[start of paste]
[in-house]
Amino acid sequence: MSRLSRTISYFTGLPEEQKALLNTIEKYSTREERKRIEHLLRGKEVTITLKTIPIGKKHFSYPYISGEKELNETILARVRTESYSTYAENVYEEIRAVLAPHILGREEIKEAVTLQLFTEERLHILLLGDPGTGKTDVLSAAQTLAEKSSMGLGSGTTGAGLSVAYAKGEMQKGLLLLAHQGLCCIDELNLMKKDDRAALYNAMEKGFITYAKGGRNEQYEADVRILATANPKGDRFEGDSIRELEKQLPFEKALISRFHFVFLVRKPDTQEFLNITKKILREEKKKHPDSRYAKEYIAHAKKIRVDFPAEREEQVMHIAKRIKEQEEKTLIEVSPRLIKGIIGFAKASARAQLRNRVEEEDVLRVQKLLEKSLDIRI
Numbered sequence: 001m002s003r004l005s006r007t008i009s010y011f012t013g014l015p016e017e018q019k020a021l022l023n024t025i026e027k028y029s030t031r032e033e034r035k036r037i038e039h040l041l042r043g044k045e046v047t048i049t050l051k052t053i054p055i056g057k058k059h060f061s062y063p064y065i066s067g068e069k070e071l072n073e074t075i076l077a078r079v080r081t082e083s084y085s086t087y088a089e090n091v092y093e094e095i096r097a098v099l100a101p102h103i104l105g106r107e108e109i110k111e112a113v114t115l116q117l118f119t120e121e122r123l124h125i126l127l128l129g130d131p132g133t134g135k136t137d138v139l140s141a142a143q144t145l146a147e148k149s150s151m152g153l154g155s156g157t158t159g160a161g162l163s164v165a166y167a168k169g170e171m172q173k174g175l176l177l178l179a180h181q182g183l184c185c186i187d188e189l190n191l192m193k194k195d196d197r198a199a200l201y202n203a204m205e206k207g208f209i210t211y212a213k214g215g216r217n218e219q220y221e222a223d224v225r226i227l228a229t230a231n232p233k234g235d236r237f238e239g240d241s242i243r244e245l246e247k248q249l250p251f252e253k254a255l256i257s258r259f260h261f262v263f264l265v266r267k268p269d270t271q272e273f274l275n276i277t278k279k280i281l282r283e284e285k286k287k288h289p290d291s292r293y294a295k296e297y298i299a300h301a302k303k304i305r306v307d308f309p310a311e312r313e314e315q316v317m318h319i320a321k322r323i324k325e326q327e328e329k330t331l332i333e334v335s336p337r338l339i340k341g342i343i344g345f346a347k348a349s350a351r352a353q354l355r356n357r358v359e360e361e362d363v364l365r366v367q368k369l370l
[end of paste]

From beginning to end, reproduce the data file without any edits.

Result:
[in-house]
Amino acid sequence: MSRLSRTISYFTGLPEEQKALLNTIEKYSTREERKRIEHLLRGKEVTITLKTIPIGKKHFSYPYISGEKELNETILARVRTESYSTYAENVYEEIRAVLAPHILGREEIKEAVTLQLFTEERLHILLLGDPGTGKTDVLSAAQTLAEKSSMGLGSGTTGAGLSVAYAKGEMQKGLLLLAHQGLCCIDELNLMKKDDRAALYNAMEKGFITYAKGGRNEQYEADVRILATANPKGDRFEGDSIRELEKQLPFEKALISRFHFVFLVRKPDTQEFLNITKKILREEKKKHPDSRYAKEYIAHAKKIRVDFPAEREEQVMHIAKRIKEQEEKTLIEVSPRLIKGIIGFAKASARAQLRNRVEEEDVLRVQKLLEKSLDIRI
Numbered sequence: 001m002s003r004l005s006r007t008i009s010y011f012t013g014l015p016e017e018q019k020a021l022l023n024t025i026e027k028y029s030t031r032e033e034r035k036r037i038e039h040l041l042r043g044k045e046v047t048i049t050l051k052t053i054p055i056g057k058k059h060f061s062y063p064y065i066s067g068e069k070e071l072n073e074t075i076l077a078r079v080r081t082e083s084y085s086t087y088a089e090n091v092y093e094e095i096r097a098v099l100a101p102h103i104l105g106r107e108e109i110k111e112a113v114t115l116q117l118f119t120e121e122r123l124h125i126l127l128l129g130d131p132g133t134g135k136t137d138v139l140s141a142a143q144t145l146a147e148k149s150s151m152g153l154g155s156g157t158t159g160a161g162l163s164v165a166y167a168k169g170e171m172q173k174g175l176l177l178l179a180h181q182g183l184c185c186i187d188e189l190n191l192m193k194k195d196d197r198a199a200l201y202n203a204m205e206k207g208f209i210t211y212a213k214g215g216r217n218e219q220y221e222a223d224v225r226i227l228a229t230a231n232p233k234g235d236r237f238e239g240d241s242i243r244e245l246e247k248q249l250p251f252e253k254a255l256i257s258r259f260h261f262v263f264l265v266r267k268p269d270t271q272e273f274l275n276i277t278k279k280i281l282r283e284e285k286k287k288h289p290d291s292r293y294a295k296e297y298i299a300h301a302k303k304i305r306v307d308f309p310a311e312r313e314e315q316v317m318h319i320a321k322r323i324k325e326q327e328e329k330t331l332i333e334v335s336p337r338l339i340k341g342i343i344g345f346a347k348a349s350a351r352a353q354l355r356n357r358v359e360e361e362d363v364l365r366v367q368k369l370l